Facet joint signal change on MRI at levels of acute/subacute lumbar compression fractures

V. T. Lehman, C. P. Wood, C. H. Hunt, R. E. Carter, J. B. Allred, F. E. Diehn, J. M. Morris, J. T. Wald, K. R. Thielen

Research output: Contribution to journalArticlepeer-review

13 Scopus citations


BACKGROUND AND PURPOSE: The prevalence of facet joint signal change in acute/subacute lumbar vertebral body compression fractures is unknown. We hypothesized that facet joint signal change on MR imaging is more common in facet joints associated with an acute/subacute lumbar compression fracture than those associated with normal vertebral bodies or ones that have a chronic compression fracture. MATERIALS AND METHODS: Three neuroradiologists and a neuroradiology fellow retrospectively graded facet joint inflammatory change on MR imaging in 900 facet joints in 75 patients with at least 1 painful osteoporotic lumbar compression fracture. Facet joint signal change was assessed on T2-weighted images with chemical fat-saturation, STIR images, and/or gadolinium-enhanced T1-weighted images with chemical fat-saturation. Each facet joint from the T12/L1 to L5/S1 level was assessed individually. An overall facet joint signal-change score, which is a composite measure of the grade of signal change for all 4 facet joints associated with a given lumbar vertebral level, was devised, and statistical significance was assessed via Wilcoxon rank sum tests. RESULTS: The overall facet joint signal-change scores were significantly higher at vertebral body levels affected by an acute/subacute compression fracture compared with control levels, which were associated with either normal bodies or chronic compression fractures. CONCLUSIONS: Our findings suggest an association between facet joint signal change on MR imaging and acute/subacute lumbar vertebral body compression fractures.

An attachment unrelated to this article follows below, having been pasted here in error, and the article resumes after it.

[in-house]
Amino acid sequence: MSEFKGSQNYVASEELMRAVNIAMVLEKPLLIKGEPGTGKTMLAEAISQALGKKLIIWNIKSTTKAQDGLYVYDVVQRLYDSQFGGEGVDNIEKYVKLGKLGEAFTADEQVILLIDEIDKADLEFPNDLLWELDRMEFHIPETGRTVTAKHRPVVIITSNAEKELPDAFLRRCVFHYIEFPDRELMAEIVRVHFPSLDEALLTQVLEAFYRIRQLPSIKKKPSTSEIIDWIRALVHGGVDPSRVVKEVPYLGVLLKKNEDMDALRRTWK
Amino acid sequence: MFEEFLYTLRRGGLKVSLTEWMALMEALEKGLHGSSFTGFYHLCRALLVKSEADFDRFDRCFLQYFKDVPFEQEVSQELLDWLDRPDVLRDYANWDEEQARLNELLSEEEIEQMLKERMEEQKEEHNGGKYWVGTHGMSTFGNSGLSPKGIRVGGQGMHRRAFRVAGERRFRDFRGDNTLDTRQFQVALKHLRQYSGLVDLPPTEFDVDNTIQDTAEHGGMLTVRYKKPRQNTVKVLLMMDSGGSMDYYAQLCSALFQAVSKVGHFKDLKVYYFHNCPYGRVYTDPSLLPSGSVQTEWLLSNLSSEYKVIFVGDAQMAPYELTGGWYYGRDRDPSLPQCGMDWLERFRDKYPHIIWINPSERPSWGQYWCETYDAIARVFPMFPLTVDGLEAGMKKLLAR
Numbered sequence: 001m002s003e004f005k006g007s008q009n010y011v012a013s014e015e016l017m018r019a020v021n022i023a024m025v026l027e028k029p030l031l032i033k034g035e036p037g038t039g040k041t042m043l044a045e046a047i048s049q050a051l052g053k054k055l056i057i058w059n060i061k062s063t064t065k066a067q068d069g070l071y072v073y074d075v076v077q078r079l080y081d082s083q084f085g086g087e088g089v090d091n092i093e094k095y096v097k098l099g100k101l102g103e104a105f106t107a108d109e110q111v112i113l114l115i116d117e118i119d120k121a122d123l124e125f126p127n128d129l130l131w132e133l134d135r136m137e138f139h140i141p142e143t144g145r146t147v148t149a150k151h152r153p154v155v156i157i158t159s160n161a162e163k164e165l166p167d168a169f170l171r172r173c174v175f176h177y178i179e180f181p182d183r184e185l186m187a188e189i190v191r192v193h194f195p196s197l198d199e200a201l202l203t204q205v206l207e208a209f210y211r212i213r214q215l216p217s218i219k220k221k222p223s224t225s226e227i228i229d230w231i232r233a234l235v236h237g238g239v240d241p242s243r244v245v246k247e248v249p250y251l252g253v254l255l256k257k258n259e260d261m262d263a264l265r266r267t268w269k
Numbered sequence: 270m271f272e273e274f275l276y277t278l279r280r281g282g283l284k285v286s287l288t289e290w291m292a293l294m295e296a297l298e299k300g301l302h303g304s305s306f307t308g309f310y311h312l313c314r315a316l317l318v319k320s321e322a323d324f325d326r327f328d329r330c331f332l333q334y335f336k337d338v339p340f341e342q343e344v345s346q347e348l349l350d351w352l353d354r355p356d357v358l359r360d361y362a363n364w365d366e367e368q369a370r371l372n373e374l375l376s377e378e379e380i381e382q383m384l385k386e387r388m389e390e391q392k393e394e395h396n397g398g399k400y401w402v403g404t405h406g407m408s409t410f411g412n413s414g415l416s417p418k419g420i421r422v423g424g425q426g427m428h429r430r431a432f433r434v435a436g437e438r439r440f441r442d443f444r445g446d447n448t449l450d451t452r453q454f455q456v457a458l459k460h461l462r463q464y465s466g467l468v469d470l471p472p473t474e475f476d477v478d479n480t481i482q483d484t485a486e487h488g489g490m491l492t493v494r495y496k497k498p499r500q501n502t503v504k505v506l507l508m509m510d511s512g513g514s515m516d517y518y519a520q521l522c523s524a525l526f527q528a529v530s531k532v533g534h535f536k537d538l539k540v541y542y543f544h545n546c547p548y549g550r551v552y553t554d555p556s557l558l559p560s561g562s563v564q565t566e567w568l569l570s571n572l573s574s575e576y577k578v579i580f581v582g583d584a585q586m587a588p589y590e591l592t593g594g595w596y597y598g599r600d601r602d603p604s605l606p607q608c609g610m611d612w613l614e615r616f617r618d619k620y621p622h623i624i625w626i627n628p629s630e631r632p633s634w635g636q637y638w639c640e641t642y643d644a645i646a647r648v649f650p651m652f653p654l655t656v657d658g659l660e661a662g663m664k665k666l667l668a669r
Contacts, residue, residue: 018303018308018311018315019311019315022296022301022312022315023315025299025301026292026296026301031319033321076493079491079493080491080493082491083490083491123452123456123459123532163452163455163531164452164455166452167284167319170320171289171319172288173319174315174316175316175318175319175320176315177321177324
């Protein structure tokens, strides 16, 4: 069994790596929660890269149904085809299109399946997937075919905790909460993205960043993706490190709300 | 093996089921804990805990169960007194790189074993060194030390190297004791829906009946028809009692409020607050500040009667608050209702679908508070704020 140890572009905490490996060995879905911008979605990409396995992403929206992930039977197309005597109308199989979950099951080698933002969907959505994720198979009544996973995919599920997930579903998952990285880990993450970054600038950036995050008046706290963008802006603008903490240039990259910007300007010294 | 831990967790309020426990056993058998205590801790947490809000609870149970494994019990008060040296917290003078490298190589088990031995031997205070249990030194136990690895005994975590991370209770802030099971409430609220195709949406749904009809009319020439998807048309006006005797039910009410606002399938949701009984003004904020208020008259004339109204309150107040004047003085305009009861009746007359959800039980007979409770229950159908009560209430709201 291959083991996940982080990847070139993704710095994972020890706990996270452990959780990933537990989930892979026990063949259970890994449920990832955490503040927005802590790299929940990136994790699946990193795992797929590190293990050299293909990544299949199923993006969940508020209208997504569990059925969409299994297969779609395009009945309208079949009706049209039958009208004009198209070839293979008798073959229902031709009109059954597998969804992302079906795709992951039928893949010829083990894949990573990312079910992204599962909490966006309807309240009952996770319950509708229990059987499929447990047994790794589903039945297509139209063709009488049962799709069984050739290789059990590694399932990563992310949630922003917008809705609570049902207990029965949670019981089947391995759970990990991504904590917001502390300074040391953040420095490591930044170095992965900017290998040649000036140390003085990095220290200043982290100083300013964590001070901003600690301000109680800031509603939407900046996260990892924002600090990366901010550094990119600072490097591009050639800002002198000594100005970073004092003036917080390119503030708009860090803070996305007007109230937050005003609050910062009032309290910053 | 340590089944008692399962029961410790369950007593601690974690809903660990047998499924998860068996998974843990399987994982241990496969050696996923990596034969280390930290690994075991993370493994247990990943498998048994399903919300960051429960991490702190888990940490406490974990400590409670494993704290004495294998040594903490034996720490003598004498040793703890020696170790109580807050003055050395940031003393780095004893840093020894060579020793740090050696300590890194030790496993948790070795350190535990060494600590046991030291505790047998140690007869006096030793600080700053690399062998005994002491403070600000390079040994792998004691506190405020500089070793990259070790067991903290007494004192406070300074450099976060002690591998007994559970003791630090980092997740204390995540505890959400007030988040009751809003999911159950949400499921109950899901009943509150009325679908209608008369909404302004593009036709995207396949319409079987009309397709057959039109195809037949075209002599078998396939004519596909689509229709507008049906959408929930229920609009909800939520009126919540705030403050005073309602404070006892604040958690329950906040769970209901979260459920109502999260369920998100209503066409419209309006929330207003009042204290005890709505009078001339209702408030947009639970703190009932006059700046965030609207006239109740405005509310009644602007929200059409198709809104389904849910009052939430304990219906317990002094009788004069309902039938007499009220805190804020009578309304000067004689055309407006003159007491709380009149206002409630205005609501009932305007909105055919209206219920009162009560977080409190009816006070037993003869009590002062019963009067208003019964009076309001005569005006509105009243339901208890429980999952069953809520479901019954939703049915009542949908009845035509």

Original languageEnglish (US)
Pages (from-to)1468-1473
Number of pages6
JournalAmerican Journal of Neuroradiology
Issue number7
StatePublished - Jul 2013

ASJC Scopus subject areas

  • Radiology Nuclear Medicine and imaging
  • Clinical Neurology


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